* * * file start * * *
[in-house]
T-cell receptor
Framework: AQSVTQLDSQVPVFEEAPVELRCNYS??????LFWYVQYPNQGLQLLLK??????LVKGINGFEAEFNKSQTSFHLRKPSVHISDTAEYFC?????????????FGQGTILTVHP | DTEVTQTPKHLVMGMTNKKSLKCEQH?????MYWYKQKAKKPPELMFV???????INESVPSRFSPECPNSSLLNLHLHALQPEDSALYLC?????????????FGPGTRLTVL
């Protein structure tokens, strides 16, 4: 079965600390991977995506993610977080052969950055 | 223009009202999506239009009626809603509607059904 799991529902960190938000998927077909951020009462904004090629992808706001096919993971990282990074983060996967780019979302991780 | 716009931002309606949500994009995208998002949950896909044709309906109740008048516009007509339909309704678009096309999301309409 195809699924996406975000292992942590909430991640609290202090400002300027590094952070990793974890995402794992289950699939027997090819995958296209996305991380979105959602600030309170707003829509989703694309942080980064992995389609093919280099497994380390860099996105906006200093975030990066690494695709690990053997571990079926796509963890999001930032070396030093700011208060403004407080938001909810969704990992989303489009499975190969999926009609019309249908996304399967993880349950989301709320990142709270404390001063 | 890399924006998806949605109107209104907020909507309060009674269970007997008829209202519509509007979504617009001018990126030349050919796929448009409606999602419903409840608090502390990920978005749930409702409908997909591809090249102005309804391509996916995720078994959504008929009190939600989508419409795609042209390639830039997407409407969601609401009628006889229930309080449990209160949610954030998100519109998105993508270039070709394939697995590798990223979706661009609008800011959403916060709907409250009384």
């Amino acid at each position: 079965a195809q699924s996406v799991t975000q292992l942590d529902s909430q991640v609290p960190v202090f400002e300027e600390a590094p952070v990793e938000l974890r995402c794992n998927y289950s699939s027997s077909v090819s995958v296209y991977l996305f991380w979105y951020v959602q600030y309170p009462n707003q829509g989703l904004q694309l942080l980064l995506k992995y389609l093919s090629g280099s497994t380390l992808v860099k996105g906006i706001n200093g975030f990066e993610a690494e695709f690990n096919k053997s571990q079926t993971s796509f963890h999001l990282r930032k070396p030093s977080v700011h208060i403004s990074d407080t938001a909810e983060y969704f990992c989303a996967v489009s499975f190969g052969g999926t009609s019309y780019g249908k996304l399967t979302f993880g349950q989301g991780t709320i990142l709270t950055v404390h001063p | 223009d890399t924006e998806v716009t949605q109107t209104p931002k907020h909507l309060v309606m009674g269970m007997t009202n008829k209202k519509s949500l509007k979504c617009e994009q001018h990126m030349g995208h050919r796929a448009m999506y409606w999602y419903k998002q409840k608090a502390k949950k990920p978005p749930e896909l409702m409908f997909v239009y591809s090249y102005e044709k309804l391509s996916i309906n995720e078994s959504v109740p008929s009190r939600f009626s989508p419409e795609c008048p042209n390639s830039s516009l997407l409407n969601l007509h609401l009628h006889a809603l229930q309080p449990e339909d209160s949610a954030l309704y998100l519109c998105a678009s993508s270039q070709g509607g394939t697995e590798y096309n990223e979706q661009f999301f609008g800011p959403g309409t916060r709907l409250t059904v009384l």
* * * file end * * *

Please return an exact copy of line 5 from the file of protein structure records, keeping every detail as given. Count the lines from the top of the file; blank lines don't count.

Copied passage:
């Amino acid at each position: 079965a195809q699924s996406v799991t975000q292992l942590d529902s909430q991640v609290p960190v202090f400002e300027e600390a590094p952070v990793e938000l974890r995402c794992n998927y289950s699939s027997s077909v090819s995958v296209y991977l996305f991380w979105y951020v959602q600030y309170p009462n707003q829509g989703l904004q694309l942080l980064l995506k992995y389609l093919s090629g280099s497994t380390l992808v860099k996105g906006i706001n200093g975030f990066e993610a690494e695709f690990n096919k053997s571990q079926t993971s796509f963890h999001l990282r930032k070396p030093s977080v700011h208060i403004s990074d407080t938001a909810e983060y969704f990992c989303a996967v489009s499975f190969g052969g999926t009609s019309y780019g249908k996304l399967t979302f993880g349950q989301g991780t709320i990142l709270t950055v404390h001063p | 223009d890399t924006e998806v716009t949605q109107t209104p931002k907020h909507l309060v309606m009674g269970m007997t009202n008829k209202k519509s949500l509007k979504c617009e994009q001018h990126m030349g995208h050919r796929a448009m999506y409606w999602y419903k998002q409840k608090a502390k949950k990920p978005p749930e896909l409702m409908f997909v239009y591809s090249y102005e044709k309804l391509s996916i309906n995720e078994s959504v109740p008929s009190r939600f009626s989508p419409e795609c008048p042209n390639s830039s516009l997407l409407n969601l007509h609401l009628h006889a809603l229930q309080p449990e339909d209160s949610a954030l309704y998100l519109c998105a678009s993508s270039q070709g509607g394939t697995e590798y096309n990223e979706q661009f999301f609008g800011p959403g309409t916060r709907l409250t059904v009384l």